Alongside our terror is a yearning for the alien intelligence we are in process of becoming. After all, in the end, we are evolutionary creatures ourselves. We fear change but, as our deep and profound complicity with technology makes clear, what we long for is to evolve.
“By 2014, half a decade into the first great economic crises of the second millennium, something is stirring in the realm where humans meet machines.” Our authors see a shift from the postmodern era of virtual worlds and immaterialism toward a new materialism. People want stuff. Instead of all the heady theory we are entering a time of material and pragmatic engineering, of enacting what all the theories once dreamed of. As our authors relate “we are in the midst of a cyclical return from software to hardware (which perhaps explains our current obsession with everything 3D) which more fundamentally affects who and what we are a species”. This is the era when technology enters the body and we become machinic, the cyborgazation of humanity into what comes next. “This new leap in hardware and materiality is bringing about a radical, uncomfortable, uncontrollable leap into the future; one in which machines are not just faster and cleverer than ever before but also more invasive, more embedded in our lives and our bodies.” Let the games begin.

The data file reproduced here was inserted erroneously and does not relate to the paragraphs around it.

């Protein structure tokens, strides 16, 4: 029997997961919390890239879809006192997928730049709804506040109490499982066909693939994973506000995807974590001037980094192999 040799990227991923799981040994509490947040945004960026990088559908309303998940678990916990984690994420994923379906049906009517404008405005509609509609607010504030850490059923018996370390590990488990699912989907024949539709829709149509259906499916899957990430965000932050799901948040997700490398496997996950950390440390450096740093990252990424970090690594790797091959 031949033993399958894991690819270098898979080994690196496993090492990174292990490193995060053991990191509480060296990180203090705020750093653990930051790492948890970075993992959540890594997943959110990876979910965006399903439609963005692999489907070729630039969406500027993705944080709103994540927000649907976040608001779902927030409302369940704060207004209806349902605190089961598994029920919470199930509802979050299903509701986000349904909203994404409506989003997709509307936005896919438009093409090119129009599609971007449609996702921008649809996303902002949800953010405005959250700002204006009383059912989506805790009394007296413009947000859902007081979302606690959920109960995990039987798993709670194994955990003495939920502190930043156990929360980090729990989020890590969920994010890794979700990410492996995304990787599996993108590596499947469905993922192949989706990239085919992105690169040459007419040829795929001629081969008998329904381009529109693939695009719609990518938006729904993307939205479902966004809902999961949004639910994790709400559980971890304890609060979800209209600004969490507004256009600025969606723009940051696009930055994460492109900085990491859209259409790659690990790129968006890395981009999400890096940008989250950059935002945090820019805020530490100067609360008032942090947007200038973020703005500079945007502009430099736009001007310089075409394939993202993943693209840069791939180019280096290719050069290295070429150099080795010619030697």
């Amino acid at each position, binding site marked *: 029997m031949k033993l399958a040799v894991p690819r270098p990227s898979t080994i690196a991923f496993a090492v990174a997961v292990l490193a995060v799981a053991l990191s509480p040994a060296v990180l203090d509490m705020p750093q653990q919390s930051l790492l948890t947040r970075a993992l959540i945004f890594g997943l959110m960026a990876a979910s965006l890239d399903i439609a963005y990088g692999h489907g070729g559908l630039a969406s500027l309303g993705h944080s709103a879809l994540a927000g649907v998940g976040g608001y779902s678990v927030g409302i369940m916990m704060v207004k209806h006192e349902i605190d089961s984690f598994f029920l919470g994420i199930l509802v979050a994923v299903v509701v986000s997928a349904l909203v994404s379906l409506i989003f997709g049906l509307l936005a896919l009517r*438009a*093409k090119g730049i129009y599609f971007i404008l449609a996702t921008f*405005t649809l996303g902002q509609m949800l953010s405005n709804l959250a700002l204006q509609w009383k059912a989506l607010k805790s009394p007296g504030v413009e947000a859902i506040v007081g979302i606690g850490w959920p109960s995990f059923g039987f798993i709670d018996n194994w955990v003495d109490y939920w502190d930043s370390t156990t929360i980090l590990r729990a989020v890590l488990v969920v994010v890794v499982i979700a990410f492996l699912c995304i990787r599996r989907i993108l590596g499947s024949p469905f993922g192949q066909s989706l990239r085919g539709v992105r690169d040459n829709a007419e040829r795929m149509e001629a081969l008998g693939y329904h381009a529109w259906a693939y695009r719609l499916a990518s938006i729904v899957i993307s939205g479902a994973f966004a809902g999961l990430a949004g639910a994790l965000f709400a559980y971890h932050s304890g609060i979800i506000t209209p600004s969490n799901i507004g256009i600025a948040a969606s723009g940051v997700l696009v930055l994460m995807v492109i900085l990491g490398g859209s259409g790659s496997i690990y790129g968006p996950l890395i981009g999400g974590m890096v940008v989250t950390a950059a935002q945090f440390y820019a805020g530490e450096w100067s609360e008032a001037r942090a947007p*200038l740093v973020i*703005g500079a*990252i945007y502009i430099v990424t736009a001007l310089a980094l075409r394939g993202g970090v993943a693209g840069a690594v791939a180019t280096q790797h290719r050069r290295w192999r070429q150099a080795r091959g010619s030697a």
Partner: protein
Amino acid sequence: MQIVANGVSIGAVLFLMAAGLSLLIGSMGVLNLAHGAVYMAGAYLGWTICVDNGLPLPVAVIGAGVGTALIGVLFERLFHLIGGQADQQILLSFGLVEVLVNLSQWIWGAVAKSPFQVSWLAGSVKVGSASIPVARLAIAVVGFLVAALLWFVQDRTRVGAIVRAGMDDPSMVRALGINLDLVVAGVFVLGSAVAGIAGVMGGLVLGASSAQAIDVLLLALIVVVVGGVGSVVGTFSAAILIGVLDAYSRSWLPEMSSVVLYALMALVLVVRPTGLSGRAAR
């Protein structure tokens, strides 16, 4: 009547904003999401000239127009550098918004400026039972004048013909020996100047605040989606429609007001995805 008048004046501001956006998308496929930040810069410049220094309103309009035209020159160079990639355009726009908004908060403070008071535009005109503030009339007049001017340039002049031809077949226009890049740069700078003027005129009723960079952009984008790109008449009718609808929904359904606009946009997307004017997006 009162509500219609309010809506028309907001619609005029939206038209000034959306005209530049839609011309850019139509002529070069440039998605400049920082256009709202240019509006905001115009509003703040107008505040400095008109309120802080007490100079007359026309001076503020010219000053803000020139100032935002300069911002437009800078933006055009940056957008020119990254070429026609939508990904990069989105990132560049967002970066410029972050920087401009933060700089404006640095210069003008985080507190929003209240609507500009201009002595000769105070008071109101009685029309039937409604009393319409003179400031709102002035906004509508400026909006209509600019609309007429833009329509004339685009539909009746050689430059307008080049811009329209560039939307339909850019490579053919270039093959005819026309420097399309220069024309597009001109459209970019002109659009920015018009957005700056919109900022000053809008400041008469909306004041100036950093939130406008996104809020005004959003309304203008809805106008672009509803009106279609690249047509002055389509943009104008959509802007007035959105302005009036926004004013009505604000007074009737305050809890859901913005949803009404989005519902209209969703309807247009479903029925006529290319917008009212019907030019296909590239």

Though we are often blind to the machines that surround us – technology is the ocean within which we swim – these exchanges and interactions fuel us. As evolutionary beings, we are willing participants, hungry to transform. … In Shenzhen companies, factories and markets are adjusting to the new products and modes of manufacturing that they bring. A realization is dawning. The age of the copy is over. It is time to mutate.
1. Greenspan, Anna; Livingston, Suzanne (2014-04-08). Future Mutation: Technology and the Evolution of Species (Kindle Locations 45-47). Time Spiral Press. Kindle Edition.